Uncanny X-Men #320 was cover dated January 1995 and was on sale November 1994, sharing the spinner racks with Battlestone #1, Bloodshot #2, Flash #97 and Rogue #1.
Credits: Writers Scott Lobdell and Mark Waid (Plot and Script respectively) pencils by Roger Cruz and Tim Townsend on inks, edited by Bob Harras and with a cover by Joe Madureira.
Plot: Five of the X-Men, Ororo ‘Storm’ Munro, Robert ‘Iceman’ Drake, Betsy ‘Psylocke’ Braddock, Jean Grey and Lucas Bishop have arrived in Israel at the behest of Gabrielle Haller to stop the most dangerous mutant in the area, her son. After years of suffering disassociate identity disorder, David ‘Legion’ Haller is whole and as powerful as any psi on the planet and has constructed a dome in the Negev desert and anyone who has tried to go in after him has been met with defeat. That said, there’s no explanation of why there’s been an attack An Israeli Army detachment and members of PLO have set up a command post nearby and the X-Men arrive there to find out what’s going on.
The five of them face Legion, who doesn’t really take notice at first, they aren’t enough of a threat to bother with, whilst his plan moves forward. He has however been listening and when he finally reacts, he takes Storm back in time, so she can save her parents. She fails, but she uses this knowledge to realise what he is doing. His plan is to go back in time and ensure his father’s dream of mutant/human co-existence. Bishop, Psylocke, Storm and Iceman are linked with him as he makes his jump and Legion and four of the X-Men vanish from sight. Leaving Jean to answer the telepathic call from Legion’s father Charles Xavier, to tell him that they are gone, elsewhere, elsewhen.
Orbiting the Shi’Ar world Chandilar, the Majestrix of the Shi’Ar Empire and it’s ruler Lilandra Nermani sleeps, until her praetor and guard the Gladiator, is thrown through her bedroom door by the keeper of the M’Kraan crystal Jahf. Jahf exclaims that he has been forced to abandon his post, because of the end of all that is.
Notes: Mid 90’s X-Men, deep breath people, we’re going on.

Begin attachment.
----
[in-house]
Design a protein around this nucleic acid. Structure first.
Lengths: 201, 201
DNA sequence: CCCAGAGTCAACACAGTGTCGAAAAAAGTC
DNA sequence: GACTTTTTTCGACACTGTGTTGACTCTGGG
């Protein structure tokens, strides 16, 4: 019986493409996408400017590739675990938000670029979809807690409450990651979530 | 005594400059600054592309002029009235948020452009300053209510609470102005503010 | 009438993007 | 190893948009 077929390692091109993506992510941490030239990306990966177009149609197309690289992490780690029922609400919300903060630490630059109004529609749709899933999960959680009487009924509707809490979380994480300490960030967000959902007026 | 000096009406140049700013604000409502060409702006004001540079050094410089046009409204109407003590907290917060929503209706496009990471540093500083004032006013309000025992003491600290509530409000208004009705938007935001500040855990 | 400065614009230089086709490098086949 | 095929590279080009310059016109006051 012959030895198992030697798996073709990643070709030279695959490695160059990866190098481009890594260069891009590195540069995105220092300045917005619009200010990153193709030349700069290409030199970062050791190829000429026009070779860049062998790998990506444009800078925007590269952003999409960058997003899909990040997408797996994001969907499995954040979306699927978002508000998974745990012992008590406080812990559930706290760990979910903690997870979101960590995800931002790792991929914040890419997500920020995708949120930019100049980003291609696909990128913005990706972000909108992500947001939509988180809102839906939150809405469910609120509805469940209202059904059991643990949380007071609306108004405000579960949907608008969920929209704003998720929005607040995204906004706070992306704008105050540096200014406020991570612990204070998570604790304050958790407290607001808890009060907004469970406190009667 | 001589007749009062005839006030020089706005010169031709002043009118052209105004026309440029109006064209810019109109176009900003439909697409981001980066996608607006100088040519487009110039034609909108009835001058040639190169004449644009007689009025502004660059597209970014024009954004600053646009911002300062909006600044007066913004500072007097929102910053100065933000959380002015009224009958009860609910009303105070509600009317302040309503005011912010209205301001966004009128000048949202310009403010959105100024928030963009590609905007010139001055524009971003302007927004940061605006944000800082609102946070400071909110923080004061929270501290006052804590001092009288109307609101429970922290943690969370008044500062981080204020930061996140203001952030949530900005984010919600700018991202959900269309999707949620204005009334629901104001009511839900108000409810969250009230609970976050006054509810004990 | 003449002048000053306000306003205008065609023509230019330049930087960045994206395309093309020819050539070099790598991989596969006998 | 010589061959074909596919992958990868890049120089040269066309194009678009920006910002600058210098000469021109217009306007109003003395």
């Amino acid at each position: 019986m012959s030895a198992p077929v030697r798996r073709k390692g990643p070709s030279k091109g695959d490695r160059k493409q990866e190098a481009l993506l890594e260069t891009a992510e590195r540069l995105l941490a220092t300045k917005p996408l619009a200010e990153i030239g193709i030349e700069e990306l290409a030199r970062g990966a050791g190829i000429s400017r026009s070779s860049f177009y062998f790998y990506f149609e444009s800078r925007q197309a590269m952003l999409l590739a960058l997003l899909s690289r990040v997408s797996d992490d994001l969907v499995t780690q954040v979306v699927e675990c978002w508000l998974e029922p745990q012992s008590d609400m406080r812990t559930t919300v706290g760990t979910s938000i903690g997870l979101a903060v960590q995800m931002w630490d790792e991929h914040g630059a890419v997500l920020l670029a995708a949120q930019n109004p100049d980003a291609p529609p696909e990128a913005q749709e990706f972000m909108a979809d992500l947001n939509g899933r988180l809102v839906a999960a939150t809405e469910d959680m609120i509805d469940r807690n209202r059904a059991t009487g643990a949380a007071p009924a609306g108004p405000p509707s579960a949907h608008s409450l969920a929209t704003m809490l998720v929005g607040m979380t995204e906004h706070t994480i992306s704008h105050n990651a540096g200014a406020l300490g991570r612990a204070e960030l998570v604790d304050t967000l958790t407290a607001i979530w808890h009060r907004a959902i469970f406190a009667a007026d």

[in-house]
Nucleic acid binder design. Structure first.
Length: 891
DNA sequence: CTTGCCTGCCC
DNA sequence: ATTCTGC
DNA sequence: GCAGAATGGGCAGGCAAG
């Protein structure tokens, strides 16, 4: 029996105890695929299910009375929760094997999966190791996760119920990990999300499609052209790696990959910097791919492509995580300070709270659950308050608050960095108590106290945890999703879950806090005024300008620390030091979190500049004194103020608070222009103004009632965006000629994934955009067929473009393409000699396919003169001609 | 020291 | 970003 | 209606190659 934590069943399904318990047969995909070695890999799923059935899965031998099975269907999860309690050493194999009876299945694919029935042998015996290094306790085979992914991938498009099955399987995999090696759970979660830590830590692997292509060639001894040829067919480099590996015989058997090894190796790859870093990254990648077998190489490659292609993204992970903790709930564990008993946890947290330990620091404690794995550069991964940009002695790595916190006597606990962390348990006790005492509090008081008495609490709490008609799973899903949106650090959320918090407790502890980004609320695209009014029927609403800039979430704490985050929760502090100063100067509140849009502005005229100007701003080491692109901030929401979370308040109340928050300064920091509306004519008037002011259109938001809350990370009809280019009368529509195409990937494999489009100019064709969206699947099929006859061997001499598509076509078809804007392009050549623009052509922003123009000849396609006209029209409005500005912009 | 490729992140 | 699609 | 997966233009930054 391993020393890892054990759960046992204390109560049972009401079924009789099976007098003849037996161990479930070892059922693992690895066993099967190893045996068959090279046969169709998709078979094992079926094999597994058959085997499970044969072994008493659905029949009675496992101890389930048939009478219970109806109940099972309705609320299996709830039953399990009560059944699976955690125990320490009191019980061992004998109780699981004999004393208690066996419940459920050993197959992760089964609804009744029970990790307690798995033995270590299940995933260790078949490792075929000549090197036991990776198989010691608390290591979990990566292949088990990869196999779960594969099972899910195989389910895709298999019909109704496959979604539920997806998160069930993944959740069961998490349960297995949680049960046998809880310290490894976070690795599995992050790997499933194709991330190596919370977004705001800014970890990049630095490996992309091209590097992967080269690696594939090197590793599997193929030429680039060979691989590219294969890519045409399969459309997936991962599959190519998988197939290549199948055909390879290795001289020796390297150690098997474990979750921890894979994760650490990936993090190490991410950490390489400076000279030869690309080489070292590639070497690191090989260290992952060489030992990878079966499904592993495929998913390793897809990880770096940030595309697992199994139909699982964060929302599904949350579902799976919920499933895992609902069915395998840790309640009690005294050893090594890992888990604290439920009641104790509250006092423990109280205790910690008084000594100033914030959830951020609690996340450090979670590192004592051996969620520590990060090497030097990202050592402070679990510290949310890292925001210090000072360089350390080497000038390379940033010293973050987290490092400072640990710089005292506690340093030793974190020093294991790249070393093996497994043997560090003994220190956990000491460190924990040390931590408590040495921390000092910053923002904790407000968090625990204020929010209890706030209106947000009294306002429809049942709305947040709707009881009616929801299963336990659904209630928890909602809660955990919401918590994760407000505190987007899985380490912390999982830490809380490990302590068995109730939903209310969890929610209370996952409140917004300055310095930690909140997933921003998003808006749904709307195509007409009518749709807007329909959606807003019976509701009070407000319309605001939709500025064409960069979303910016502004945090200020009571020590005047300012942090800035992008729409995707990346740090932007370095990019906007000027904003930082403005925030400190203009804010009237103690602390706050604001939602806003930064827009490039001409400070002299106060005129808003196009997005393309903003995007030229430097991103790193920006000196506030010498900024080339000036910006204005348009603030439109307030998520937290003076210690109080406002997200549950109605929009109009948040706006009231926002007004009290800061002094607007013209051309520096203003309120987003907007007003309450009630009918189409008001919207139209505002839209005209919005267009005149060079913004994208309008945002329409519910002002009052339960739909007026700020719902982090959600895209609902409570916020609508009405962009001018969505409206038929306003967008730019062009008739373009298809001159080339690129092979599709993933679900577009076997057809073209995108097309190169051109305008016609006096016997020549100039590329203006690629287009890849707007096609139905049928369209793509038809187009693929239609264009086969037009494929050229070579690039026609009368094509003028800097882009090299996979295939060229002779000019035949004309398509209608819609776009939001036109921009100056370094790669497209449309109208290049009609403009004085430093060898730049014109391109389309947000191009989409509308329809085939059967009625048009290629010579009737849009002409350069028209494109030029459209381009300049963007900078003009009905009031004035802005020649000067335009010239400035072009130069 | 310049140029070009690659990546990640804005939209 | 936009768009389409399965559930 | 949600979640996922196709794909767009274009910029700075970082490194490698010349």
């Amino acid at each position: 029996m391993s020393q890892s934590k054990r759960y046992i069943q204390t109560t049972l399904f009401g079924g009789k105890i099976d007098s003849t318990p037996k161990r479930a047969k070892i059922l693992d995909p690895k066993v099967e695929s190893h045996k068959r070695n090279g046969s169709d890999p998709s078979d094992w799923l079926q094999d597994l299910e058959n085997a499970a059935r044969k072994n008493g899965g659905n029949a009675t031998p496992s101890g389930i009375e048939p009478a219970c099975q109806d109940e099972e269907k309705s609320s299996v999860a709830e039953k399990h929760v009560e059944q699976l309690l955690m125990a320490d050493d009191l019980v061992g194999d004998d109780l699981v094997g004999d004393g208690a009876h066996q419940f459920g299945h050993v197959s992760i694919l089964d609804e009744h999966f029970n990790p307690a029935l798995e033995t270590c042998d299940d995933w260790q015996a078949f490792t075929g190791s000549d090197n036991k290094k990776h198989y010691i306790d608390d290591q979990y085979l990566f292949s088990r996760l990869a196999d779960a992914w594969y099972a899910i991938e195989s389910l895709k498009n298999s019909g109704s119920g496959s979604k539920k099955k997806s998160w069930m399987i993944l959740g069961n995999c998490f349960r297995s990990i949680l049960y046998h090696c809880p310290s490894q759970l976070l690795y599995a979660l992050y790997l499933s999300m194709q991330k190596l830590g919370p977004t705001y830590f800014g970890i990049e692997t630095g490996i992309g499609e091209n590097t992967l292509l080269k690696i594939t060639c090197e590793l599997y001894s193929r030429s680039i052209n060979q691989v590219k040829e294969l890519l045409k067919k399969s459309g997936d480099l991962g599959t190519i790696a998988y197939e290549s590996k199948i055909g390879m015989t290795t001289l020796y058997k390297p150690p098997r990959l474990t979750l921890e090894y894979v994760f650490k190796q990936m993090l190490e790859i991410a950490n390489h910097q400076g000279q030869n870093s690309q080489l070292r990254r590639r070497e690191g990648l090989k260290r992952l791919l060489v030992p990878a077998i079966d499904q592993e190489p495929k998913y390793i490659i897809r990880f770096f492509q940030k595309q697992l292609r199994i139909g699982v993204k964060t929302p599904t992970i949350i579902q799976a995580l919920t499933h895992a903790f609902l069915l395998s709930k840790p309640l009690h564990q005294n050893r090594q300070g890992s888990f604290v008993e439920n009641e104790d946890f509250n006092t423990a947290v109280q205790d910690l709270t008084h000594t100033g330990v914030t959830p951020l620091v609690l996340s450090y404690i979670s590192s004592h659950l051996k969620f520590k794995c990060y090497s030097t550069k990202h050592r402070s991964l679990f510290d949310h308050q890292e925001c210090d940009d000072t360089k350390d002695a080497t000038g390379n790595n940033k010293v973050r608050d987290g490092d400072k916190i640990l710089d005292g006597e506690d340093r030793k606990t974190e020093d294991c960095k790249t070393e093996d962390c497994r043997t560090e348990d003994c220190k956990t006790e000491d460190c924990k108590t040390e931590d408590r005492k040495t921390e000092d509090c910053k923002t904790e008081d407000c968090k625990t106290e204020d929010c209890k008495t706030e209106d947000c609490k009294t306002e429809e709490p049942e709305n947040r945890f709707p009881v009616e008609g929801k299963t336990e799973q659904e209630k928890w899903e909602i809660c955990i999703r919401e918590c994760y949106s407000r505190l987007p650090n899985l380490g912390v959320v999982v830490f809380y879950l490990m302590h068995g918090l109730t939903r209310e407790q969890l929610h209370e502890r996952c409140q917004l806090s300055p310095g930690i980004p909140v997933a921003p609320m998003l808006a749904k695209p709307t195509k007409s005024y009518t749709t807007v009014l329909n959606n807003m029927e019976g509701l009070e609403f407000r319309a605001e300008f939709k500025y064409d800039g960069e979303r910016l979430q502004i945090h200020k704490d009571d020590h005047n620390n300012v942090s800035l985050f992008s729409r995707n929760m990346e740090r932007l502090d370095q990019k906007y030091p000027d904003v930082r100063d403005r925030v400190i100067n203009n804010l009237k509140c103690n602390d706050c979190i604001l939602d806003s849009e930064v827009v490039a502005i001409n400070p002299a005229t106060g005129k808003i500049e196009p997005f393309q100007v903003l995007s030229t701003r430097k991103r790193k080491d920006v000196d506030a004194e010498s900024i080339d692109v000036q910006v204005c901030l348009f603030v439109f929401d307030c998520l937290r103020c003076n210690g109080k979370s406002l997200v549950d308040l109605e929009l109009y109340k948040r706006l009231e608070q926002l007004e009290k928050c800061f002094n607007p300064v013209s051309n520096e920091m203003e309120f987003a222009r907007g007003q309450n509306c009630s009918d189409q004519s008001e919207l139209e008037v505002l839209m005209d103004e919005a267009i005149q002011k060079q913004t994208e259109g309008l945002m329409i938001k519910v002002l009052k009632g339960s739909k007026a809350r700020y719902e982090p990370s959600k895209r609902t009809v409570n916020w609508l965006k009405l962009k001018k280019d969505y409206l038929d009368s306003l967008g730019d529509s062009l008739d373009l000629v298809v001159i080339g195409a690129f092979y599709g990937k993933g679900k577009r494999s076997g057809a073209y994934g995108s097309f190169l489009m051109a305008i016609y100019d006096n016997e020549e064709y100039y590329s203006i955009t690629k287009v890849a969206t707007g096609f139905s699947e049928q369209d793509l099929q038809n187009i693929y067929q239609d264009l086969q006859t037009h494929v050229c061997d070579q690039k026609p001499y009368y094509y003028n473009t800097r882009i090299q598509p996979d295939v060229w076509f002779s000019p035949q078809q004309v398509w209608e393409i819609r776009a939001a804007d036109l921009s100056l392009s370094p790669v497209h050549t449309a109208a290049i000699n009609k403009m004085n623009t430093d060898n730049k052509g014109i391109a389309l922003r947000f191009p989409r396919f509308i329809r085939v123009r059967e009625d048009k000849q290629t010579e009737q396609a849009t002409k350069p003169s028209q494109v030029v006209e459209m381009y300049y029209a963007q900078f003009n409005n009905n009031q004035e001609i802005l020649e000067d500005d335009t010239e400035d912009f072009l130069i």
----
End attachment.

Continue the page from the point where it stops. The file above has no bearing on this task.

The story starts in media res, moving between ongoing and flashback scenes frequently. That’s a nice touch, which makes up for some of the clunky dialogue (I mean, I was amazed that this was Mark Waid’s script) and there’s more of the pesudo-Claremontian narration filling up the pages, but the story itself kind of works. The fear of the power that Legion wields is plain to see and there’s a moment any parent could relate to when the man in charge mentions the nuclear option in front of Legion’s mum. There are obvious questions such as why the team that showed up were chosen or why Gabrielle is even really part of this situation, but the X-Men walk in, are treated as ‘well’ as ever and still go on to face Legion in his father’s name. The problems in this issue are mainly the art. The cover is pure Madureira, stylistic and with an anime wildness to it, the interior is something of a pale imitation. Cruz is competent enough as a penciller, but the 90’s propensity for exaggerated poses, unrealistic female anatomy and faces that are neither specific or expressive enough to make them look like anything other than cardboard cut outs. The stinger at the end, showing that reality itself may be in danger, seems to leave no answers and is a little bit confusing there on it’s own, but it’s nice to see two of Charles Xavier’s exes doing alright for themselves.
Next time: Time Travel, alien princesses and clones…Oh My